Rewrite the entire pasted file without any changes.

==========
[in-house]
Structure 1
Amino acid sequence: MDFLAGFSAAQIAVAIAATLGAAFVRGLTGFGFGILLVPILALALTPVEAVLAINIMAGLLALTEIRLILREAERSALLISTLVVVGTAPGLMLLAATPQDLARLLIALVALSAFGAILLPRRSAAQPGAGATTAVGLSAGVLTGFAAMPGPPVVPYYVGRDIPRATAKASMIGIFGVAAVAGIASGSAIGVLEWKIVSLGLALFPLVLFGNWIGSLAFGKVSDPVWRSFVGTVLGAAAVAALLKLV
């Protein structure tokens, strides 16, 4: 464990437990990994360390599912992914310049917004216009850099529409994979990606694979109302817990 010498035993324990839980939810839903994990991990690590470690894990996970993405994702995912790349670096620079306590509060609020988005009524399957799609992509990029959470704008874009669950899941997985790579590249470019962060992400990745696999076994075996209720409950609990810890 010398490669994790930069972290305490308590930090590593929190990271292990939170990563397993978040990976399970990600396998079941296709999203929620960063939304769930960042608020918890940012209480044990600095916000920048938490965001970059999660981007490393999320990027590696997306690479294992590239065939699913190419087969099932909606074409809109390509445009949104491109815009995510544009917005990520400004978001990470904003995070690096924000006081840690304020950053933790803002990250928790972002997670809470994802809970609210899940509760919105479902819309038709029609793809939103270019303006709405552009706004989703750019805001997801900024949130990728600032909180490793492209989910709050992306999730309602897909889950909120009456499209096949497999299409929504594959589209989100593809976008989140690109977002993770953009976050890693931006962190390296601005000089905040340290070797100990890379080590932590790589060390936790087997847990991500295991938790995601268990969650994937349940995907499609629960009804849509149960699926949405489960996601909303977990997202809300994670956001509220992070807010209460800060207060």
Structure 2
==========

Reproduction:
[in-house]
Structure 1
Amino acid sequence: MDFLAGFSAAQIAVAIAATLGAAFVRGLTGFGFGILLVPILALALTPVEAVLAINIMAGLLALTEIRLILREAERSALLISTLVVVGTAPGLMLLAATPQDLARLLIALVALSAFGAILLPRRSAAQPGAGATTAVGLSAGVLTGFAAMPGPPVVPYYVGRDIPRATAKASMIGIFGVAAVAGIASGSAIGVLEWKIVSLGLALFPLVLFGNWIGSLAFGKVSDPVWRSFVGTVLGAAAVAALLKLV
């Protein structure tokens, strides 16, 4: 464990437990990994360390599912992914310049917004216009850099529409994979990606694979109302817990 010498035993324990839980939810839903994990991990690590470690894990996970993405994702995912790349670096620079306590509060609020988005009524399957799609992509990029959470704008874009669950899941997985790579590249470019962060992400990745696999076994075996209720409950609990810890 010398490669994790930069972290305490308590930090590593929190990271292990939170990563397993978040990976399970990600396998079941296709999203929620960063939304769930960042608020918890940012209480044990600095916000920048938490965001970059999660981007490393999320990027590696997306690479294992590239065939699913190419087969099932909606074409809109390509445009949104491109815009995510544009917005990520400004978001990470904003995070690096924000006081840690304020950053933790803002990250928790972002997670809470994802809970609210899940509760919105479902819309038709029609793809939103270019303006709405552009706004989703750019805001997801900024949130990728600032909180490793492209989910709050992306999730309602897909889950909120009456499209096949497999299409929504594959589209989100593809976008989140690109977002993770953009976050890693931006962190390296601005000089905040340290070797100990890379080590932590790589060390936790087997847990991500295991938790995601268990969650994937349940995907499609629960009804849509149960699926949405489960996601909303977990997202809300994670956001509220992070807010209460800060207060």
Structure 2